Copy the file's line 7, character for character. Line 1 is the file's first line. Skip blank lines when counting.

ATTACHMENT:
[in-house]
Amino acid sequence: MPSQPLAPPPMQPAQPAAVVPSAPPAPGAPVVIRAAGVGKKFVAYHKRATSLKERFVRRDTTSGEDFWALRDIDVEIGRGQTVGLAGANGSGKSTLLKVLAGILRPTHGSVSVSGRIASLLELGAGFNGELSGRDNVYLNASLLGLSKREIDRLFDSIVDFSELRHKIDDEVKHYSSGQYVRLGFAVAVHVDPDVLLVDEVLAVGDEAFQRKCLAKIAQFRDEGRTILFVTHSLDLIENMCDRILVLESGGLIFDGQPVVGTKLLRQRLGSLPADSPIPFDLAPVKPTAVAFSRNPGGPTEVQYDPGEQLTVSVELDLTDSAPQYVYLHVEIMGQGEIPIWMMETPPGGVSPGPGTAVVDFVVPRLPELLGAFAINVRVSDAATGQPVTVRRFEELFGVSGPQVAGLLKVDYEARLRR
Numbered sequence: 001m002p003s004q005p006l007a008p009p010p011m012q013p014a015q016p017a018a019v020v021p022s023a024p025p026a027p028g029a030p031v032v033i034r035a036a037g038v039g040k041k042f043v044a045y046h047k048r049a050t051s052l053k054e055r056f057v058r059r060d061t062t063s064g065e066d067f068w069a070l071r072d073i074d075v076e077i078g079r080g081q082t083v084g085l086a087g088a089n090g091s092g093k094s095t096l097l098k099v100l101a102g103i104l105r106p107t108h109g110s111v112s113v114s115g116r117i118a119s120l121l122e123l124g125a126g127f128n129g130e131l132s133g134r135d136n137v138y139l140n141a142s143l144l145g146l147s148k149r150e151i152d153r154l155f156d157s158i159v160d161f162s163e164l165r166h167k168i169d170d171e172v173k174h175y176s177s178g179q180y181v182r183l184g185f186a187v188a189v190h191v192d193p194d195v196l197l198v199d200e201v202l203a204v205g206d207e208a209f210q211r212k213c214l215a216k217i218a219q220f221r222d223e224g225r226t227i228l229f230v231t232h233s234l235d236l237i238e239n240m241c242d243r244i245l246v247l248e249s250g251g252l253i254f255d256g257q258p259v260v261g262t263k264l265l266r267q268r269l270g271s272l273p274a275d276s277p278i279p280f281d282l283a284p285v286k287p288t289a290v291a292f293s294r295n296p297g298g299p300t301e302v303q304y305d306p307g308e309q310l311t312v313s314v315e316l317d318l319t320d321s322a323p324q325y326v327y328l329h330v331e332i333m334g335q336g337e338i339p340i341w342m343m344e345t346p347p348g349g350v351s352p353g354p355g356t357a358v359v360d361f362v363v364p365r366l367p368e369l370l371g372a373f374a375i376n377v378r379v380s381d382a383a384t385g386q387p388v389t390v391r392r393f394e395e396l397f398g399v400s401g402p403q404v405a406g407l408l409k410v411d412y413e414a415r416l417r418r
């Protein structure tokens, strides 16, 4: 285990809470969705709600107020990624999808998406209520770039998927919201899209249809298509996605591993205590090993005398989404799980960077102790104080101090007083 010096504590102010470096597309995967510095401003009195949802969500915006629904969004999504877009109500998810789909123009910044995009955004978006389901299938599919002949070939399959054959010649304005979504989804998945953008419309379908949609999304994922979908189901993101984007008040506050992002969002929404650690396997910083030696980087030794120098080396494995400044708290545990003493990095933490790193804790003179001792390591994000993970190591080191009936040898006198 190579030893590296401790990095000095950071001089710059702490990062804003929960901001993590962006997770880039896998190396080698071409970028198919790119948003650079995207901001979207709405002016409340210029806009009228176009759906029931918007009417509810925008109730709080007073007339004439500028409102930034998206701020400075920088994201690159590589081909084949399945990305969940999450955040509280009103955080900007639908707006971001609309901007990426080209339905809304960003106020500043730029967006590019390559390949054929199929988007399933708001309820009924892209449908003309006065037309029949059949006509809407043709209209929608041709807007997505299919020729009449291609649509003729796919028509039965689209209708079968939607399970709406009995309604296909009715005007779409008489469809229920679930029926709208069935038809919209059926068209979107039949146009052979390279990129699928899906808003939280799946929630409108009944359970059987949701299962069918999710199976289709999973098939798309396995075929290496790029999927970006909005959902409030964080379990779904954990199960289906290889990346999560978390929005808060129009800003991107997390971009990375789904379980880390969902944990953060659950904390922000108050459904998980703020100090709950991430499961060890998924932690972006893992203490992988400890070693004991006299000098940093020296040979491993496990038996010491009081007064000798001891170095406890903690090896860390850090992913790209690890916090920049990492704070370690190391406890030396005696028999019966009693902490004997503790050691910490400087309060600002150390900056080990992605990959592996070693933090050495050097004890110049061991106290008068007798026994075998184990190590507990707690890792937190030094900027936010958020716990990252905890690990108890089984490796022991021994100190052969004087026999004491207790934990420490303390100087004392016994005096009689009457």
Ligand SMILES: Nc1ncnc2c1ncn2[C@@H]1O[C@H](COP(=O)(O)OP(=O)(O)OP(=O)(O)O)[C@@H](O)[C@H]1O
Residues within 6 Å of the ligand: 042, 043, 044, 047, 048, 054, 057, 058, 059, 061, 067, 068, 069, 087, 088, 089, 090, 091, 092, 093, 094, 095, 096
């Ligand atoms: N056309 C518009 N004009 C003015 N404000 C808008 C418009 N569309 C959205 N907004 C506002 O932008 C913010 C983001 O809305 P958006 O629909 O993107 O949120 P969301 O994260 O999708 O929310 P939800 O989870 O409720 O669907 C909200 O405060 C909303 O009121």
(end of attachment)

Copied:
């Ligand atoms: N056309 C518009 N004009 C003015 N404000 C808008 C418009 N569309 C959205 N907004 C506002 O932008 C913010 C983001 O809305 P958006 O629909 O993107 O949120 P969301 O994260 O999708 O929310 P939800 O989870 O409720 O669907 C909200 O405060 C909303 O009121």